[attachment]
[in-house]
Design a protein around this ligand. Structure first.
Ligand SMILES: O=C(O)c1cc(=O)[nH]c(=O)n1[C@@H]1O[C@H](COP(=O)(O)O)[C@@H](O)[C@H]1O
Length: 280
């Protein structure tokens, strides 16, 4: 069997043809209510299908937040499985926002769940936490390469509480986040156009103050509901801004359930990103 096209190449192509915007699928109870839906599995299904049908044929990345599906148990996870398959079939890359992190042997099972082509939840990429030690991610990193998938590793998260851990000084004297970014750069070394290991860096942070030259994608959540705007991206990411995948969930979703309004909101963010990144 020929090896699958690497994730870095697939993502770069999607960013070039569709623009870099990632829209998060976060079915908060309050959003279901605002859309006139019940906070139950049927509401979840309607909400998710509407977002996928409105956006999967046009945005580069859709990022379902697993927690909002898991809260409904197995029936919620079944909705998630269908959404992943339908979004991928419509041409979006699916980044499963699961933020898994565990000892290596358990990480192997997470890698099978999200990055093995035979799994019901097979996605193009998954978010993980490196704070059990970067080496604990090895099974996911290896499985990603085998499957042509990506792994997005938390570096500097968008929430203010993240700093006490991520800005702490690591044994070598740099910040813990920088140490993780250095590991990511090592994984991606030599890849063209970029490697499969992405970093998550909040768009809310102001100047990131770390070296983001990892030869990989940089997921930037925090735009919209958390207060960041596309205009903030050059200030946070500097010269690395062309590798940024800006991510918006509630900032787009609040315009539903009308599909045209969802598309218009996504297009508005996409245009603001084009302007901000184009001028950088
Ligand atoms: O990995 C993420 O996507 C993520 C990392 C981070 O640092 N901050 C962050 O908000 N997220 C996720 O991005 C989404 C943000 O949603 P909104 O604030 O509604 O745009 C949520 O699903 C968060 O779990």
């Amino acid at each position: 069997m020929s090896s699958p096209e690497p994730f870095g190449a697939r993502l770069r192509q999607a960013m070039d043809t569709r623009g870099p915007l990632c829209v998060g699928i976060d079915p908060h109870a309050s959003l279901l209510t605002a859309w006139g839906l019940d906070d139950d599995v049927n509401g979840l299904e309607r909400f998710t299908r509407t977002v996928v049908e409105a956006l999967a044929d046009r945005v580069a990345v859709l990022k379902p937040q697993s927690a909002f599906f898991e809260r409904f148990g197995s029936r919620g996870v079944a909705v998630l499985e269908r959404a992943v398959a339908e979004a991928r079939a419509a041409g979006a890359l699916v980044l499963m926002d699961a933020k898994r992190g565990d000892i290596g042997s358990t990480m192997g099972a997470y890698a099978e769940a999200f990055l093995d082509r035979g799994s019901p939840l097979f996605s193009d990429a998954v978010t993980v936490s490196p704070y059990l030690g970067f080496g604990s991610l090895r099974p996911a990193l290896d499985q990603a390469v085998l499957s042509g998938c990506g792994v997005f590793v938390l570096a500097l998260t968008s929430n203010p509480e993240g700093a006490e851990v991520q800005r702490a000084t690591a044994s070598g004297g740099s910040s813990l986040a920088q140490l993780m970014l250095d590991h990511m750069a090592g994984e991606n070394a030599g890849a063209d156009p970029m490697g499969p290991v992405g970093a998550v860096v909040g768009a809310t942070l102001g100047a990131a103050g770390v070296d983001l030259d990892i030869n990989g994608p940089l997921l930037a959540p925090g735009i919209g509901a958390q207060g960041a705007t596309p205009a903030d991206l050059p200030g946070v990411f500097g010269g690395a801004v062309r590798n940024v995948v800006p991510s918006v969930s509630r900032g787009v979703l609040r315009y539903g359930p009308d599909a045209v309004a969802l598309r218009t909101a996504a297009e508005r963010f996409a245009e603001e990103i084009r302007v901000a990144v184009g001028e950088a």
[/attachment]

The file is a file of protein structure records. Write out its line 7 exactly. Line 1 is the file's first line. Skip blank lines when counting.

């Amino acid at each position: 069997m020929s090896s699958p096209e690497p994730f870095g190449a697939r993502l770069r192509q999607a960013m070039d043809t569709r623009g870099p915007l990632c829209v998060g699928i976060d079915p908060h109870a309050s959003l279901l209510t605002a859309w006139g839906l019940d906070d139950d599995v049927n509401g979840l299904e309607r909400f998710t299908r509407t977002v996928v049908e409105a956006l999967a044929d046009r945005v580069a990345v859709l990022k379902p937040q697993s927690a909002f599906f898991e809260r409904f148990g197995s029936r919620g996870v079944a909705v998630l499985e269908r959404a992943v398959a339908e979004a991928r079939a419509a041409g979006a890359l699916v980044l499963m926002d699961a933020k898994r992190g565990d000892i290596g042997s358990t990480m192997g099972a997470y890698a099978e769940a999200f990055l093995d082509r035979g799994s019901p939840l097979f996605s193009d990429a998954v978010t993980v936490s490196p704070y059990l030690g970067f080496g604990s991610l090895r099974p996911a990193l290896d499985q990603a390469v085998l499957s042509g998938c990506g792994v997005f590793v938390l570096a500097l998260t968008s929430n203010p509480e993240g700093a006490e851990v991520q800005r702490a000084t690591a044994s070598g004297g740099s910040s813990l986040a920088q140490l993780m970014l250095d590991h990511m750069a090592g994984e991606n070394a030599g890849a063209d156009p970029m490697g499969p290991v992405g970093a998550v860096v909040g768009a809310t942070l102001g100047a990131a103050g770390v070296d983001l030259d990892i030869n990989g994608p940089l997921l930037a959540p925090g735009i919209g509901a958390q207060g960041a705007t596309p205009a903030d991206l050059p200030g946070v990411f500097g010269g690395a801004v062309r590798n940024v995948v800006p991510s918006v969930s509630r900032g787009v979703l609040r315009y539903g359930p009308d599909a045209v309004a969802l598309r218009t909101a996504a297009e508005r963010f996409a245009e603001e990103i084009r302007v901000a990144v184009g001028e950088a």